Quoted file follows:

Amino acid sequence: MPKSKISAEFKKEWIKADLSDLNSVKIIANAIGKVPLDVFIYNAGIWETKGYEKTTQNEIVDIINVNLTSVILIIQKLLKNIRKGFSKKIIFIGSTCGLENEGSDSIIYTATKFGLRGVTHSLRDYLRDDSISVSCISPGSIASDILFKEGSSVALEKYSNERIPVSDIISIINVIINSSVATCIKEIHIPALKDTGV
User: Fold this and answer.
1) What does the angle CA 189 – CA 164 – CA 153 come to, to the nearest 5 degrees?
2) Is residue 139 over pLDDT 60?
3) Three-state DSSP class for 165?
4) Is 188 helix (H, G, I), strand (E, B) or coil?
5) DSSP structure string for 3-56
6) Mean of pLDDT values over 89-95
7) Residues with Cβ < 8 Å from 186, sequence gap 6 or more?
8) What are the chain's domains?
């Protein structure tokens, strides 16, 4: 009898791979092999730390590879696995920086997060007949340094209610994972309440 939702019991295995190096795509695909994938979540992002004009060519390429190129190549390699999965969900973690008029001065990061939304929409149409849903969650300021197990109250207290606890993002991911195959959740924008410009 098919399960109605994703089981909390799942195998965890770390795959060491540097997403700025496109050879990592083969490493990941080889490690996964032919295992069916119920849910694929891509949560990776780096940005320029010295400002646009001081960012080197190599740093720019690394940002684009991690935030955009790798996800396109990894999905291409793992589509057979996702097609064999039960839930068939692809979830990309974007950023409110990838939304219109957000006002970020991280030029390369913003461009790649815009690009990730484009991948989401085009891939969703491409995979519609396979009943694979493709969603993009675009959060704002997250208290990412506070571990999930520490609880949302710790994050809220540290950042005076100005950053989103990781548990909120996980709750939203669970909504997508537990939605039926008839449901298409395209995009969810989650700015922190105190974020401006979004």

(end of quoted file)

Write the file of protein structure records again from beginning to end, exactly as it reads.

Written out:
Amino acid sequence: MPKSKISAEFKKEWIKADLSDLNSVKIIANAIGKVPLDVFIYNAGIWETKGYEKTTQNEIVDIINVNLTSVILIIQKLLKNIRKGFSKKIIFIGSTCGLENEGSDSIIYTATKFGLRGVTHSLRDYLRDDSISVSCISPGSIASDILFKEGSSVALEKYSNERIPVSDIISIINVIINSSVATCIKEIHIPALKDTGV
User: Fold this and answer.
1) What does the angle CA 189 – CA 164 – CA 153 come to, to the nearest 5 degrees?
2) Is residue 139 over pLDDT 60?
3) Three-state DSSP class for 165?
4) Is 188 helix (H, G, I), strand (E, B) or coil?
5) DSSP structure string for 3-56
6) Mean of pLDDT values over 89-95
7) Residues with Cβ < 8 Å from 186, sequence gap 6 or more?
8) What are the chain's domains?
């Protein structure tokens, strides 16, 4: 009898791979092999730390590879696995920086997060007949340094209610994972309440 939702019991295995190096795509695909994938979540992002004009060519390429190129190549390699999965969900973690008029001065990061939304929409149409849903969650300021197990109250207290606890993002991911195959959740924008410009 098919399960109605994703089981909390799942195998965890770390795959060491540097997403700025496109050879990592083969490493990941080889490690996964032919295992069916119920849910694929891509949560990776780096940005320029010295400002646009001081960012080197190599740093720019690394940002684009991690935030955009790798996800396109990894999905291409793992589509057979996702097609064999039960839930068939692809979830990309974007950023409110990838939304219109957000006002970020991280030029390369913003461009790649815009690009990730484009991948989401085009891939969703491409995979519609396979009943694979493709969603993009675009959060704002997250208290990412506070571990999930520490609880949302710790994050809220540290950042005076100005950053989103990781548990909120996980709750939203669970909504997508537990939605039926008839449901298409395209995009969810989650700015922190105190974020401006979004």